What are solar shingles?


Solar shingles on a home in San Diego, Calif. See more pictures of green living.
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You've probably seen solar panels on the rooftops of houses or office buildings, but have you ever seen solar shingles up there? If you have, chances are you didn't know it.

Solar shingles are an integrated photovoltaic (PV) building product, which means they directly generate electricity from sunlight. They're made with specific materials that naturally undergo an electronic process in the presence of sunlight.

From a distance, they look like ordinary roof shingles. But up close, it's obvious they're more than that. Solar shingles are used on the roofs of commercial and residential buildings to generate electricity, and some models can convert the electricity to heat.

Solar shingles are made of the same materials as those used in regular solar panels, including wire, a photosensitive waterproof product to protect the roof from outdoor elements, and material that can generate an electric current in sunlight.

In fact, solar shingles and solar panels operate the same way and are overall quite similar. The main difference between them is cost. Solar panels have one function: They generate electricity. But solar shingles serve a dual purpose -- they generate electricity and act as shingles, which makes them less expensive in the long run.

If you're curious how solar shingles work, turn to the next page to learn about their interesting technical aspects.

 

Solar Shingles 101

Solar shingles have a special property that allows them to make electricity from sunlight. Let’s break down the scientific process behind how this works.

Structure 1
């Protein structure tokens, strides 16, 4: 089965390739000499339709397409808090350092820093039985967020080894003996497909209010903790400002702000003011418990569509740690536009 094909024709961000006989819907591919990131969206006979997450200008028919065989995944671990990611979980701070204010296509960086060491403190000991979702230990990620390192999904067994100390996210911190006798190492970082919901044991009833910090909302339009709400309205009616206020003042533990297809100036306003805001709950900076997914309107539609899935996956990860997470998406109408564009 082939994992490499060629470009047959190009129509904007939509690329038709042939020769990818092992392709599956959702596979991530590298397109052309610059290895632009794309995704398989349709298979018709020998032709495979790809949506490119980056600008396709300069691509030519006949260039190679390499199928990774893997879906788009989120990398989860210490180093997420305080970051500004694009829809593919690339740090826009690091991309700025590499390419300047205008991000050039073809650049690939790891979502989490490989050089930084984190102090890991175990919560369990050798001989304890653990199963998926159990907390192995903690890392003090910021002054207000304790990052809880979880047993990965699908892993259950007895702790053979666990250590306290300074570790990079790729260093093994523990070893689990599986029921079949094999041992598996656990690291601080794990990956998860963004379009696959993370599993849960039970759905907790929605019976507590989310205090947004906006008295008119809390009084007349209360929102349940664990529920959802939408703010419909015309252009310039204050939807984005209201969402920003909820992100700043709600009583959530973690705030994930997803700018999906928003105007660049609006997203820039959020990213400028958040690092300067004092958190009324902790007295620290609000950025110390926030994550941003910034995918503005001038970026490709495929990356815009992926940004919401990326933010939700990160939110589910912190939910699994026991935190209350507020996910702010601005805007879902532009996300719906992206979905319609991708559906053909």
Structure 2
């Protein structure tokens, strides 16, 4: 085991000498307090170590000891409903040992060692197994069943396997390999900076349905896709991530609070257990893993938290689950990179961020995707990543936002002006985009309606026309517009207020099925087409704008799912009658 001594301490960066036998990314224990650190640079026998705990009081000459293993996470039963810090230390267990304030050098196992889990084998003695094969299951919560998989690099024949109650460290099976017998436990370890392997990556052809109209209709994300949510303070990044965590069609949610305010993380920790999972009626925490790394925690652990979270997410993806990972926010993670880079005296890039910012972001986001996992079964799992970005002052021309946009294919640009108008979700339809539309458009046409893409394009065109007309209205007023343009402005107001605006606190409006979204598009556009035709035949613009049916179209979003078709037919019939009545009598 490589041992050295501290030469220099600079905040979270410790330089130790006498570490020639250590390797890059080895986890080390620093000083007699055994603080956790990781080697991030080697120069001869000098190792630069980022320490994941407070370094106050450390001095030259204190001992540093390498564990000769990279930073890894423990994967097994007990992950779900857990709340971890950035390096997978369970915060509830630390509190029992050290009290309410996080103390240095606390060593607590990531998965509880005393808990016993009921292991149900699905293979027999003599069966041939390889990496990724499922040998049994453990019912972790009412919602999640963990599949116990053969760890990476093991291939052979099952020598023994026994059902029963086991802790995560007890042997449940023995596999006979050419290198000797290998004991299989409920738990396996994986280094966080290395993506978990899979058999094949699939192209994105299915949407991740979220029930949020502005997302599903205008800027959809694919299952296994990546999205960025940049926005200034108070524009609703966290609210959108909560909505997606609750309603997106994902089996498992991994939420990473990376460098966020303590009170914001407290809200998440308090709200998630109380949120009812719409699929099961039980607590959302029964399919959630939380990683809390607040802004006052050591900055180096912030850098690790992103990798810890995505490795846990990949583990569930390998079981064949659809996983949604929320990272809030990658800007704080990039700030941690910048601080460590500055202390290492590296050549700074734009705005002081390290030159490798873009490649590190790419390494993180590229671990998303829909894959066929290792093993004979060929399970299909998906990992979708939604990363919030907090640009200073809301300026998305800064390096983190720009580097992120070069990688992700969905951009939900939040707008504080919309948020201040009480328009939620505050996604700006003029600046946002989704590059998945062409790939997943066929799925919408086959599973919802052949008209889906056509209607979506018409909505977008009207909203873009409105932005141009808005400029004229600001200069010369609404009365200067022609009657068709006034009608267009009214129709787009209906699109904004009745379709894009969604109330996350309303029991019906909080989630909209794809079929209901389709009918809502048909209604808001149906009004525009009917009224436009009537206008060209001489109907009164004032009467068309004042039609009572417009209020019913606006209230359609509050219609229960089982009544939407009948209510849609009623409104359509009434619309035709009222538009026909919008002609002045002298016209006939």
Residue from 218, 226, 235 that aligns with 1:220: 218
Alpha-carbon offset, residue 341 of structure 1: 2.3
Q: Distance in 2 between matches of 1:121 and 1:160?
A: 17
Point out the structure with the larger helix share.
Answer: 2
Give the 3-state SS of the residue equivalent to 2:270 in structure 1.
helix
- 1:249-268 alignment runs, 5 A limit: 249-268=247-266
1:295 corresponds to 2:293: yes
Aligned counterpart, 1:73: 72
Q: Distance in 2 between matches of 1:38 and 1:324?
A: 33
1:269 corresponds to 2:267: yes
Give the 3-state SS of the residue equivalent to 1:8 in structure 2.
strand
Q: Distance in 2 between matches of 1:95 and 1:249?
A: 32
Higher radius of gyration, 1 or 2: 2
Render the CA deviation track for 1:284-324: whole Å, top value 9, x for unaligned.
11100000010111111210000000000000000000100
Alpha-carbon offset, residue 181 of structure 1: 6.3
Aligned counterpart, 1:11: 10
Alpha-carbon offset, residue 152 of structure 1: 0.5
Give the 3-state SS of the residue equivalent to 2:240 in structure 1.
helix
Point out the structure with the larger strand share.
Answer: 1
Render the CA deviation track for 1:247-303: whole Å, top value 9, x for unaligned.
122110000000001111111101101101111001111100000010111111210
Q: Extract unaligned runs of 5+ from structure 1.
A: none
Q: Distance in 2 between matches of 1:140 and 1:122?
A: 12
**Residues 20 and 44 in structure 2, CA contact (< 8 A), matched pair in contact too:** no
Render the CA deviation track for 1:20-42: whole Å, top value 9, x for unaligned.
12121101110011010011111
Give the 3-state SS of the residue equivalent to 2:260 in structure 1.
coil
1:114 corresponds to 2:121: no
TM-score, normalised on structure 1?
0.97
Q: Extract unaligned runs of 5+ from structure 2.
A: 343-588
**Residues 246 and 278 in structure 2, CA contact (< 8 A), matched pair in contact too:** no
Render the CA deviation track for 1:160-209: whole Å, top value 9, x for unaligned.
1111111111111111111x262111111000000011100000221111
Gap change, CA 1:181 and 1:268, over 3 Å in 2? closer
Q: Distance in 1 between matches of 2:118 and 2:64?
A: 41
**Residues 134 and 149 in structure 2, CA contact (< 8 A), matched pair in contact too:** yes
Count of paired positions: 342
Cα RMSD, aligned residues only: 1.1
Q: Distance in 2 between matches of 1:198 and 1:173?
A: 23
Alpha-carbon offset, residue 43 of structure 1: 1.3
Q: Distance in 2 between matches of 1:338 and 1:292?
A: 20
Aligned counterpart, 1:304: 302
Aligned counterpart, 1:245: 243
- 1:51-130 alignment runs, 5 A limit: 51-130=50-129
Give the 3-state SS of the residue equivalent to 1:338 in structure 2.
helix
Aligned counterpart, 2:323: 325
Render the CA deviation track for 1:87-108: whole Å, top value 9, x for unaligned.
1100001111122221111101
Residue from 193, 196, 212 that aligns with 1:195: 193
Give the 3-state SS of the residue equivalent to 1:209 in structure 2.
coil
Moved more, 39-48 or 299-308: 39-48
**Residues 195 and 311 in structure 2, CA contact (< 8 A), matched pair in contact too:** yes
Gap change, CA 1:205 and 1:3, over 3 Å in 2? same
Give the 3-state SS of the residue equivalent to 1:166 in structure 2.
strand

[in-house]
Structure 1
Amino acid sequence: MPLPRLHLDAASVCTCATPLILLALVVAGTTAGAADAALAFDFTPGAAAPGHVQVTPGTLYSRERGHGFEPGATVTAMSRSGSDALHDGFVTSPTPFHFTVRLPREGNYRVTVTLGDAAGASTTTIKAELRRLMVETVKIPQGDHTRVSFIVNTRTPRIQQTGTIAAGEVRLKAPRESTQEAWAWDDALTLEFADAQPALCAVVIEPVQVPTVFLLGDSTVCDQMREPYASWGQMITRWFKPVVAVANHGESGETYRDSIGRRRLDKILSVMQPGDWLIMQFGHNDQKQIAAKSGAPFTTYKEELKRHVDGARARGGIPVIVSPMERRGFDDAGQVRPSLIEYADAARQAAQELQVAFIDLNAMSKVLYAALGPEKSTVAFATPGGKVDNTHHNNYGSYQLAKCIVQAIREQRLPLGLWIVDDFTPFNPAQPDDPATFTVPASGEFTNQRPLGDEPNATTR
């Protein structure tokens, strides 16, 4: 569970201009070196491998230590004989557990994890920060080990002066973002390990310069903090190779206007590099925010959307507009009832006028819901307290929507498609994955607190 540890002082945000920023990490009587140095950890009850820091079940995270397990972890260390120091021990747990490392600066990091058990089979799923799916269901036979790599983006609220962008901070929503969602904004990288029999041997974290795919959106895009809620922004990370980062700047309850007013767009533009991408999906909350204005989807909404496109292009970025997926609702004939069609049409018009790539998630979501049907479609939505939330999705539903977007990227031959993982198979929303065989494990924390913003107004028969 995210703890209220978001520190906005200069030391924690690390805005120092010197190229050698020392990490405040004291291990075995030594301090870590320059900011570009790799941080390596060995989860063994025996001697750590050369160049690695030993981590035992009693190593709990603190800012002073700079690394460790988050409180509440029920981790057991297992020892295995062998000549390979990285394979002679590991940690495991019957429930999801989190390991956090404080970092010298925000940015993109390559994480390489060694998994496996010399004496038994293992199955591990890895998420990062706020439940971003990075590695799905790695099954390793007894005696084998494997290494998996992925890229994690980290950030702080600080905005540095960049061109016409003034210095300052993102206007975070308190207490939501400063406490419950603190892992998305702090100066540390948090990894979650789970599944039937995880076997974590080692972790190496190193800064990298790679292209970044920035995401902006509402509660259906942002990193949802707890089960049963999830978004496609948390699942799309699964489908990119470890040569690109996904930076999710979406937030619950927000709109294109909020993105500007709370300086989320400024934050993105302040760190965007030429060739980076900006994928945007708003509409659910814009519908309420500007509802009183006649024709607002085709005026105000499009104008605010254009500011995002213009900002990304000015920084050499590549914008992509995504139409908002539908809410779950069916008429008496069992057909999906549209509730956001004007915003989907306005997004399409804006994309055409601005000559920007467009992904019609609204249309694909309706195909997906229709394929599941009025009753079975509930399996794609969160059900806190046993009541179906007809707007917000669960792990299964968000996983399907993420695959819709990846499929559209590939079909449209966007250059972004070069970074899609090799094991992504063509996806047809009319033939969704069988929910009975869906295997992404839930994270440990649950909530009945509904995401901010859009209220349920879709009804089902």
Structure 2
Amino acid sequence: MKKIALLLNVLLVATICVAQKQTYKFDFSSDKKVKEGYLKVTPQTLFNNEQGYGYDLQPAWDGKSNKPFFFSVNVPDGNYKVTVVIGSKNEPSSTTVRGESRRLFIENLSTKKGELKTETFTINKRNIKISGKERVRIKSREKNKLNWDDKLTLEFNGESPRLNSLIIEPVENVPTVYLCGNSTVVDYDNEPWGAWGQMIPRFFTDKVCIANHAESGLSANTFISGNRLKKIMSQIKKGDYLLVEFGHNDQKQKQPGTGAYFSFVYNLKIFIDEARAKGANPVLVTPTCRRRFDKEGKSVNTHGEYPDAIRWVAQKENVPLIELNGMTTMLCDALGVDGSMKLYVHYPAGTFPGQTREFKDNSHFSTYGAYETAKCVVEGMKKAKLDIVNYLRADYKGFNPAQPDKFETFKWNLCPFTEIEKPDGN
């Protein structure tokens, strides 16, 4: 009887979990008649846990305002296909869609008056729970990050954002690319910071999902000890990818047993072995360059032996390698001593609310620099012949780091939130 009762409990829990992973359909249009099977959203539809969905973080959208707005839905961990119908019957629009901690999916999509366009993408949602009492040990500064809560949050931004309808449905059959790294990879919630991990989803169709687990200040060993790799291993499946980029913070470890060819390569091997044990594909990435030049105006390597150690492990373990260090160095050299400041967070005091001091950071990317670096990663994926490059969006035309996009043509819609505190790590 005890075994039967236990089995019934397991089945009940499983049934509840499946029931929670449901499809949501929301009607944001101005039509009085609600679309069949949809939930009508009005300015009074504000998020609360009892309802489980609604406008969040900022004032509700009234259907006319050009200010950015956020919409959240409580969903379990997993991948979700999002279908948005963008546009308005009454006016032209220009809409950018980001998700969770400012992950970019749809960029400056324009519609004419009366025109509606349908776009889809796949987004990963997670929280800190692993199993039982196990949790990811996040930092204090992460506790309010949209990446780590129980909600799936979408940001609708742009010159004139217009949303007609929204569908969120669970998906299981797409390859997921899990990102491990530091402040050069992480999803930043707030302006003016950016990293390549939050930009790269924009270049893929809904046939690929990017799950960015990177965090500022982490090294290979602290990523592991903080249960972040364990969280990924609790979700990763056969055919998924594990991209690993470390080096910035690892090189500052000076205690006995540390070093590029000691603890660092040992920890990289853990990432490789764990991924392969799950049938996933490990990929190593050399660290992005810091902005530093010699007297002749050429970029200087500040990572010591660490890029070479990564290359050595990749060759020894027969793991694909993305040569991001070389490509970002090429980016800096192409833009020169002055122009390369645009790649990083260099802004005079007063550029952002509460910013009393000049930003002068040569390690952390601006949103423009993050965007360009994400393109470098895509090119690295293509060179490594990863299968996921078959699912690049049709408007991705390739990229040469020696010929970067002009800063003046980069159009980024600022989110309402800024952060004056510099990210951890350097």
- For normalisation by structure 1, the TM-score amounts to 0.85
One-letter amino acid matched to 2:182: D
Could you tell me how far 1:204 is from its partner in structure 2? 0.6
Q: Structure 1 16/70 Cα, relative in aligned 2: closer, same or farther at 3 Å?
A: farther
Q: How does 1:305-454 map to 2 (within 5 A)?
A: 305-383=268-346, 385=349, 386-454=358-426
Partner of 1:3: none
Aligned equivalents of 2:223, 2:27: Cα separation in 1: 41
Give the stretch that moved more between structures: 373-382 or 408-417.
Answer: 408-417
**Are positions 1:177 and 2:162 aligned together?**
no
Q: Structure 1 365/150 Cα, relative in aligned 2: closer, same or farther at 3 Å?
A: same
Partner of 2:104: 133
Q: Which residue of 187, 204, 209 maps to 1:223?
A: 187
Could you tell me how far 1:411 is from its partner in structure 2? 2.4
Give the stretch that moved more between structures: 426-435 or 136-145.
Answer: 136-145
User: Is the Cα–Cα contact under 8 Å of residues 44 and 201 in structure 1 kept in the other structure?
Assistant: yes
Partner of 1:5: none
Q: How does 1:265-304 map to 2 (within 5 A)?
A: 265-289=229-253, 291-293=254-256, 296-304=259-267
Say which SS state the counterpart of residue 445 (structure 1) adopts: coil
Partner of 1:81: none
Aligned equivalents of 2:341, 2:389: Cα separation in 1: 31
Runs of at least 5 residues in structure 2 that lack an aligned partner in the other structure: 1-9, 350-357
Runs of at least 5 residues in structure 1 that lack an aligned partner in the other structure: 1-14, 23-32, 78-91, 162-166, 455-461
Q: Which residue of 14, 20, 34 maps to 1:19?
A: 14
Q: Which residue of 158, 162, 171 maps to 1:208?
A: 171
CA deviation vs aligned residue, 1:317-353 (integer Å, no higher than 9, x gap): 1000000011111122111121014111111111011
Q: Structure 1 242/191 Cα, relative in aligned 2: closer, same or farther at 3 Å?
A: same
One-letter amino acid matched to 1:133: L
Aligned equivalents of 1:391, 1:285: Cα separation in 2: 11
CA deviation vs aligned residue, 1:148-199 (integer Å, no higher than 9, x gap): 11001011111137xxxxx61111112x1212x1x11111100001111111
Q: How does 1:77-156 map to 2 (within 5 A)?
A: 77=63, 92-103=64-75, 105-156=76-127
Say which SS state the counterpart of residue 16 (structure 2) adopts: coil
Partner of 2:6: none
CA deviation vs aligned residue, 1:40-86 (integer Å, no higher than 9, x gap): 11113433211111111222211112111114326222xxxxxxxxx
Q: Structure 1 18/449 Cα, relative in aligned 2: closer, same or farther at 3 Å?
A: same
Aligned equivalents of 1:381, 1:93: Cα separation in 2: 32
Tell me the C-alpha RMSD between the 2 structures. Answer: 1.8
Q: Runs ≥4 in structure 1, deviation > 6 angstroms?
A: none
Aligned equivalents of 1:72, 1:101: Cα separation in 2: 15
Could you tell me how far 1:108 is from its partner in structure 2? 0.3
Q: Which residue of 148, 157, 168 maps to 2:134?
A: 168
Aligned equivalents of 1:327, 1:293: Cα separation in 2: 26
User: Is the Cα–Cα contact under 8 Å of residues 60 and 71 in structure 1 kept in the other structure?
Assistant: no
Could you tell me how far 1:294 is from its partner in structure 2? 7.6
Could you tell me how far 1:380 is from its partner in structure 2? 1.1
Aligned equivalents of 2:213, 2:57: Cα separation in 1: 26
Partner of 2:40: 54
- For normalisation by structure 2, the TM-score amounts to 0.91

A photon is a unit of electromagnetic radiation with no charge; Its protons (positively charged subatomic particles) and electrons (negatively charged subatomic particles) are equal, giving it no charge. The photon, here, is a particle of sunlight. Sunlight strikes a solar shingle coated with a special surface that naturally knocks off an electron from the particle of light. The freed electron travels through an electrical circuit to an area where other electrons are stored. This collection of electrons is then harvested to generate a current. This is how all solar electricity works, whether it's a solar shingle, solar panel or something else. Photovoltaic (PV) devices like these can be used to power anything from a calculator to a skyscraper.

Solar shingles, in theory, can produce 100 percent of a building's electricity usage, but it depends on a number of factors: the demand of a building, the amount of sunlight the structure gets at that particular geographic location, the building's current utility rates and availability of sufficient space on the roof that opens to southern skies.

Solar shingles can work practically anywhere (even in gray-weather places) because they can use diffused, scattered sunshine on overcast or even rainy days. In fact, the country with the most buildings that use PV devices is Germany, and the American Solar Energy Society (ASES) says that all 50 states in the US get better sunlight than Germany.